Pakistan’s economy has declined due to the decline in remittances from workers | Business and Financial Issues

The sharp decline in foreign workers’ remittances reflects a strain on the economy as Islamabad seeks to bail out the IMF.

Remittances sent home by Pakistanis working abroad will drop to $27bn in 2023, compared to $31.3bn last year, the central bank said on Monday.

Export for June fell to $2.2bn from $2.8bn a year ago, central bank data showed. Remittances mainly came from Saudi Arabia ($515.1m), the United Kingdom ($343m), the United Arab Emirates ($324.7m) and the United States ($272.3m).

According to the World Bank last year, Pakistan was the sixth largest recipient of remittances in the world in 2022, behind India, Mexico, China, the Philippines and Egypt, although Tonga, Lebanon and Samoa are highly dependent on remittances such as percent. of GDP.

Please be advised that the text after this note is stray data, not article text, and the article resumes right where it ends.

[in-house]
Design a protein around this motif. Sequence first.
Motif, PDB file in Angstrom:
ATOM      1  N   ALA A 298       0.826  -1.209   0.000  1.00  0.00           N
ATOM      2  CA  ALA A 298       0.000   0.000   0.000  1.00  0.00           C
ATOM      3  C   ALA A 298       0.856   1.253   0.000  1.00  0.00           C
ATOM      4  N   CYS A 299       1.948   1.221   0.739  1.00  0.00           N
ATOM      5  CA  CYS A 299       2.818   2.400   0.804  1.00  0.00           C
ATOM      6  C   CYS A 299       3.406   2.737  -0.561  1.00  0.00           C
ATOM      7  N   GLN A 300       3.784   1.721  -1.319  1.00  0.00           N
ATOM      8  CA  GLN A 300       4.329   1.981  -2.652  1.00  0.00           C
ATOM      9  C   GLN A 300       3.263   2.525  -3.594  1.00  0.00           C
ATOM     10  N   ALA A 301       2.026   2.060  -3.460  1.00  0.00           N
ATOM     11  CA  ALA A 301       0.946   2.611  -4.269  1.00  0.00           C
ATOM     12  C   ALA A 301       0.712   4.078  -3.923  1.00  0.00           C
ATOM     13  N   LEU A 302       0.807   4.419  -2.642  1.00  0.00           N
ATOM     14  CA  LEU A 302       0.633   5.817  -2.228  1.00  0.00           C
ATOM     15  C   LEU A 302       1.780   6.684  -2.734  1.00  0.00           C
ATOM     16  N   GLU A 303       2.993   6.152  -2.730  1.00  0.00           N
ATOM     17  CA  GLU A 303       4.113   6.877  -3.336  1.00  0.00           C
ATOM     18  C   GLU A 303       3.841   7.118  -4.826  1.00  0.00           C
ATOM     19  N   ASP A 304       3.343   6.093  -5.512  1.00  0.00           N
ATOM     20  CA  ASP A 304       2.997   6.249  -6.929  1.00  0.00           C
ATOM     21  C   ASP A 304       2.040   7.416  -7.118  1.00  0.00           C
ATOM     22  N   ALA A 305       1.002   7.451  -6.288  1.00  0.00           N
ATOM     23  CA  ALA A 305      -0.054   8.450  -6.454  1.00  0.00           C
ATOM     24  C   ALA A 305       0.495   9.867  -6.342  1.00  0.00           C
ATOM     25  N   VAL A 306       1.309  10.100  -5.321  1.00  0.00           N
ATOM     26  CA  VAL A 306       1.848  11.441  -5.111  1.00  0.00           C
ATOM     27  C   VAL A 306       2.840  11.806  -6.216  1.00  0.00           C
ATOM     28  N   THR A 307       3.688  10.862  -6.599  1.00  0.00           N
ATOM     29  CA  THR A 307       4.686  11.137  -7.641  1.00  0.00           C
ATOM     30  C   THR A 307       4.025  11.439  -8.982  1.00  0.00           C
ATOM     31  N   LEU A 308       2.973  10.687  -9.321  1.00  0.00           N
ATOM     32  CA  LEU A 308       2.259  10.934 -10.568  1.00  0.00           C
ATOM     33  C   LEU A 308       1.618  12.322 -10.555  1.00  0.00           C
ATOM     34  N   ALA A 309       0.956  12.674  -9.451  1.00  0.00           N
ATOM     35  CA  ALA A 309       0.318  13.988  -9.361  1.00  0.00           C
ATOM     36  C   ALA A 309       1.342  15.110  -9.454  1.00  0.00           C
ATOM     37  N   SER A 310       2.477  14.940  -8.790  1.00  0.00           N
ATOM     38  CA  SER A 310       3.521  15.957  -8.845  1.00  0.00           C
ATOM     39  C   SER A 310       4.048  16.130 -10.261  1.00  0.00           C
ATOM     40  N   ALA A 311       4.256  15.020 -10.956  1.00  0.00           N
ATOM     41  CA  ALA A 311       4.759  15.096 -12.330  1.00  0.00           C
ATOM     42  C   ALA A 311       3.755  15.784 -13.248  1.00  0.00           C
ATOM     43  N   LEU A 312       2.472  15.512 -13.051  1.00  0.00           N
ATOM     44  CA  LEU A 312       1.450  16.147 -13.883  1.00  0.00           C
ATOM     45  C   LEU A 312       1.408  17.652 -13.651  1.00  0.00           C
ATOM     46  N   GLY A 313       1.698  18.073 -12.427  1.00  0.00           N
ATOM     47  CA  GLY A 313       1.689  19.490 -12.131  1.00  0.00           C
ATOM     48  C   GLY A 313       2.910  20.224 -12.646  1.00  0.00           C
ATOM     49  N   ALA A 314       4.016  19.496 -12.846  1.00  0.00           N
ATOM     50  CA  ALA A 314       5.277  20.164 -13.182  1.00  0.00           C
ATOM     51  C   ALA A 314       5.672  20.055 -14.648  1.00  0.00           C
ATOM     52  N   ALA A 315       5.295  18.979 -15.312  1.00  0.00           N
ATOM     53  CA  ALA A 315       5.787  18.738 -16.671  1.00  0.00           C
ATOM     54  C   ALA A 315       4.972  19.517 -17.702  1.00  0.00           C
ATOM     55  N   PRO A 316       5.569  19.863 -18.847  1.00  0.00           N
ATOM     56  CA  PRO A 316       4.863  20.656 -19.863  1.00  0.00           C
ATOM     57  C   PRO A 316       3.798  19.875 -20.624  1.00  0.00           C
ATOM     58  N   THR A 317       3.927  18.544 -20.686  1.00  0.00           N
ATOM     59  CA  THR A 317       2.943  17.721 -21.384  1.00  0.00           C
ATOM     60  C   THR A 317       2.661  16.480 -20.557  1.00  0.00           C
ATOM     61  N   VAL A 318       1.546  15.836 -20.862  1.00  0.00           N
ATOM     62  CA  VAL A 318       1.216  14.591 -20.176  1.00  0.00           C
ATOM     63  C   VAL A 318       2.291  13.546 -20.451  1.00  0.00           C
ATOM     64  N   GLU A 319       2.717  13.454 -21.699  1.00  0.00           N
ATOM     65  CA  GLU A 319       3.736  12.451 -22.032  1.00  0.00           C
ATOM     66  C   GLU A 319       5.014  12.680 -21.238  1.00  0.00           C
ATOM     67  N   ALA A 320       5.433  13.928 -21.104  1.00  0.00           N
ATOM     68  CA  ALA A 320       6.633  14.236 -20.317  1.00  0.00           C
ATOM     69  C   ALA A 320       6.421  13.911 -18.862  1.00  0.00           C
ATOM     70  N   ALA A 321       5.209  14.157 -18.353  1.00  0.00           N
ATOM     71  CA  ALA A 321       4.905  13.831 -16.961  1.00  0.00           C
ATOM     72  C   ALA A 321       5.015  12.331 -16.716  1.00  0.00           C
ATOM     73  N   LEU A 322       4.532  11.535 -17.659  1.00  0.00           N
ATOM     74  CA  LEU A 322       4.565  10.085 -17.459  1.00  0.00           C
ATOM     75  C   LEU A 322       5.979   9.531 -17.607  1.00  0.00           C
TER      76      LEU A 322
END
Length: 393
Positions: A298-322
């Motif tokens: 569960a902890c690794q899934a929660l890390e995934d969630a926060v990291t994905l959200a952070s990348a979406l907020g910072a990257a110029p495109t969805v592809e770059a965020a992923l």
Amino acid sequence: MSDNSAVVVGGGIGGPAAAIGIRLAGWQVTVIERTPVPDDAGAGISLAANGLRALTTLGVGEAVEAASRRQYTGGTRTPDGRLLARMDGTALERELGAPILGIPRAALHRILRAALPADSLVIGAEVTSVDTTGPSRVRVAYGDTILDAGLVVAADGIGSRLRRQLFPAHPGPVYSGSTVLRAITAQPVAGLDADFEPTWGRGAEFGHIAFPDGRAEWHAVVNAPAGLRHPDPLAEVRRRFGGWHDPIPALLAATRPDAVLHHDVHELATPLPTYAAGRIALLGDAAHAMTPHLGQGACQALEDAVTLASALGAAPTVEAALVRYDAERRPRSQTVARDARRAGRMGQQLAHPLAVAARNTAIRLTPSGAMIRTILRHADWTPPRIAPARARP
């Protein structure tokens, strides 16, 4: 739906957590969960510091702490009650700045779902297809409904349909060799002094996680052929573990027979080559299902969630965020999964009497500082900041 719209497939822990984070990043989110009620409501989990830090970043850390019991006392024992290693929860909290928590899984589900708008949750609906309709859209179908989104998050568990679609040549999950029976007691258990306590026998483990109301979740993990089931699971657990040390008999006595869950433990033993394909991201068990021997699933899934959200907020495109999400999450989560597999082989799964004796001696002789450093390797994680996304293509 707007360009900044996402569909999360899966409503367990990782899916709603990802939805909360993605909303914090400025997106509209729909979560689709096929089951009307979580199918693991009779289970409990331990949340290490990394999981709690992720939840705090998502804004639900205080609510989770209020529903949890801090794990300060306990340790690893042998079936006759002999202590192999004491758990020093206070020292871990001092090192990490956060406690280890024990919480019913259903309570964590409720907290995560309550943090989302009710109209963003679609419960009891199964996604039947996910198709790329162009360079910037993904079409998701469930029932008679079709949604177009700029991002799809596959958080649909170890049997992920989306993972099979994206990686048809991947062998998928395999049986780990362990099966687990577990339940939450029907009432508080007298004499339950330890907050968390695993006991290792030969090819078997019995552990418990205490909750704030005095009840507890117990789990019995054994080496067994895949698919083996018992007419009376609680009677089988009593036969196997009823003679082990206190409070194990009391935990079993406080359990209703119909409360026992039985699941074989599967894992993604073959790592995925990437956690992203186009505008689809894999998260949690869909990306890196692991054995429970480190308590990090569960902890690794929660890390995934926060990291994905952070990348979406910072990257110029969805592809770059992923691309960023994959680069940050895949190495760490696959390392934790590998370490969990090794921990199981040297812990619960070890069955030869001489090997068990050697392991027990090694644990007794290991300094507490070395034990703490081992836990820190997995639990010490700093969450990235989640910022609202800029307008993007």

Economic crisis in Pakistan

The decline marks yet another blow to Pakistan’s economy, which has been struggling since independence from Britain in 1947.

Years of poor financial management, a global energy crisis and floods have crippled the economy, prompting a series of bailout calls from the International Monetary Fund (IMF) for Pakistan’s central bank.

The $3bn long-term economic package from the IMF should be approved by its committee on July 12.

Islamabad has revised its budget for 2023-24 and raised its interest rate to 22 percent in recent days in line with IMF targets. The IMF also got Pakistan to raise more than 385 billion dollars ($1.41bn) in new taxes to meet its fiscal reforms.

The changes have added to a 38% year-on-year drop in inflation in May, the highest in Asia.

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